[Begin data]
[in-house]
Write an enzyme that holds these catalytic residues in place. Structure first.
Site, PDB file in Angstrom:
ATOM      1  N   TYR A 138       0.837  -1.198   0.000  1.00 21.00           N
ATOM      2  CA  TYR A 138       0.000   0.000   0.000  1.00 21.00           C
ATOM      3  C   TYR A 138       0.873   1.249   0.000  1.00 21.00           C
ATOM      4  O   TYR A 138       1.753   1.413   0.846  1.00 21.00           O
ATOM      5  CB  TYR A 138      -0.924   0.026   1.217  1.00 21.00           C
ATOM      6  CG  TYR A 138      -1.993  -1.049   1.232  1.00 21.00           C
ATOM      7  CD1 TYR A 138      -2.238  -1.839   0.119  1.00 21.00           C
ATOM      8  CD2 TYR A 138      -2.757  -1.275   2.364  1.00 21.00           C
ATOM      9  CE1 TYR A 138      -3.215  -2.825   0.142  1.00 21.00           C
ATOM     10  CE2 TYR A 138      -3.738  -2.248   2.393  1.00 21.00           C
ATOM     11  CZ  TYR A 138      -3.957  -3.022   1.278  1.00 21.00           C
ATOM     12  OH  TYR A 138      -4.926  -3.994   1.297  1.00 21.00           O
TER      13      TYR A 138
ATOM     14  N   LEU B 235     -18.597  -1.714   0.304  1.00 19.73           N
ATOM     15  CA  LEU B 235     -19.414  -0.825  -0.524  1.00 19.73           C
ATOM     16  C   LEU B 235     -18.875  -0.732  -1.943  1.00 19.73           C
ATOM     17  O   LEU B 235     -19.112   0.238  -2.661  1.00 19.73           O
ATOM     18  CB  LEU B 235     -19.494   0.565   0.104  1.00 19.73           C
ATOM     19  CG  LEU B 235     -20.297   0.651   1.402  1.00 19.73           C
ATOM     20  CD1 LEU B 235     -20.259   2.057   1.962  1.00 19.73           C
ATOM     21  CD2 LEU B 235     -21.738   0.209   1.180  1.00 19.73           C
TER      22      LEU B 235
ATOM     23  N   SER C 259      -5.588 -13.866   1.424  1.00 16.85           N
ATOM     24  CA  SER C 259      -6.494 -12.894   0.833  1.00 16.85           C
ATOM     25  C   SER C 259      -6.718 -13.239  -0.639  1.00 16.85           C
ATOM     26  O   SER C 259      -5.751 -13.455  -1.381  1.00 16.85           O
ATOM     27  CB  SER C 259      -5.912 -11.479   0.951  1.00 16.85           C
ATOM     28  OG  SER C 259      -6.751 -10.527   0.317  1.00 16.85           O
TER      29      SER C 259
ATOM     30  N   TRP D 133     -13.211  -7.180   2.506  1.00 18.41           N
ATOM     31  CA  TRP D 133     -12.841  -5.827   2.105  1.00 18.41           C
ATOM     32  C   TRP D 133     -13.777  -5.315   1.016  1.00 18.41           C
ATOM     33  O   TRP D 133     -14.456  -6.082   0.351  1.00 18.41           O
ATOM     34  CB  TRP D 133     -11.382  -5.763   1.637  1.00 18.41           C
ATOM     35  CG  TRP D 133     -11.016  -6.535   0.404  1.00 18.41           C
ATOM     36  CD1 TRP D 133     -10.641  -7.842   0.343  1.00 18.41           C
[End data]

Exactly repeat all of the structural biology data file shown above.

[in-house]
Write an enzyme that holds these catalytic residues in place. Structure first.
Site, PDB file in Angstrom:
ATOM      1  N   TYR A 138       0.837  -1.198   0.000  1.00 21.00           N
ATOM      2  CA  TYR A 138       0.000   0.000   0.000  1.00 21.00           C
ATOM      3  C   TYR A 138       0.873   1.249   0.000  1.00 21.00           C
ATOM      4  O   TYR A 138       1.753   1.413   0.846  1.00 21.00           O
ATOM      5  CB  TYR A 138      -0.924   0.026   1.217  1.00 21.00           C
ATOM      6  CG  TYR A 138      -1.993  -1.049   1.232  1.00 21.00           C
ATOM      7  CD1 TYR A 138      -2.238  -1.839   0.119  1.00 21.00           C
ATOM      8  CD2 TYR A 138      -2.757  -1.275   2.364  1.00 21.00           C
ATOM      9  CE1 TYR A 138      -3.215  -2.825   0.142  1.00 21.00           C
ATOM     10  CE2 TYR A 138      -3.738  -2.248   2.393  1.00 21.00           C
ATOM     11  CZ  TYR A 138      -3.957  -3.022   1.278  1.00 21.00           C
ATOM     12  OH  TYR A 138      -4.926  -3.994   1.297  1.00 21.00           O
TER      13      TYR A 138
ATOM     14  N   LEU B 235     -18.597  -1.714   0.304  1.00 19.73           N
ATOM     15  CA  LEU B 235     -19.414  -0.825  -0.524  1.00 19.73           C
ATOM     16  C   LEU B 235     -18.875  -0.732  -1.943  1.00 19.73           C
ATOM     17  O   LEU B 235     -19.112   0.238  -2.661  1.00 19.73           O
ATOM     18  CB  LEU B 235     -19.494   0.565   0.104  1.00 19.73           C
ATOM     19  CG  LEU B 235     -20.297   0.651   1.402  1.00 19.73           C
ATOM     20  CD1 LEU B 235     -20.259   2.057   1.962  1.00 19.73           C
ATOM     21  CD2 LEU B 235     -21.738   0.209   1.180  1.00 19.73           C
TER      22      LEU B 235
ATOM     23  N   SER C 259      -5.588 -13.866   1.424  1.00 16.85           N
ATOM     24  CA  SER C 259      -6.494 -12.894   0.833  1.00 16.85           C
ATOM     25  C   SER C 259      -6.718 -13.239  -0.639  1.00 16.85           C
ATOM     26  O   SER C 259      -5.751 -13.455  -1.381  1.00 16.85           O
ATOM     27  CB  SER C 259      -5.912 -11.479   0.951  1.00 16.85           C
ATOM     28  OG  SER C 259      -6.751 -10.527   0.317  1.00 16.85           O
TER      29      SER C 259
ATOM     30  N   TRP D 133     -13.211  -7.180   2.506  1.00 18.41           N
ATOM     31  CA  TRP D 133     -12.841  -5.827   2.105  1.00 18.41           C
ATOM     32  C   TRP D 133     -13.777  -5.315   1.016  1.00 18.41           C
ATOM     33  O   TRP D 133     -14.456  -6.082   0.351  1.00 18.41           O
ATOM     34  CB  TRP D 133     -11.382  -5.763   1.637  1.00 18.41           C
ATOM     35  CG  TRP D 133     -11.016  -6.535   0.404  1.00 18.41           C
ATOM     36  CD1 TRP D 133     -10.641  -7.842   0.343  1.00 18.41           C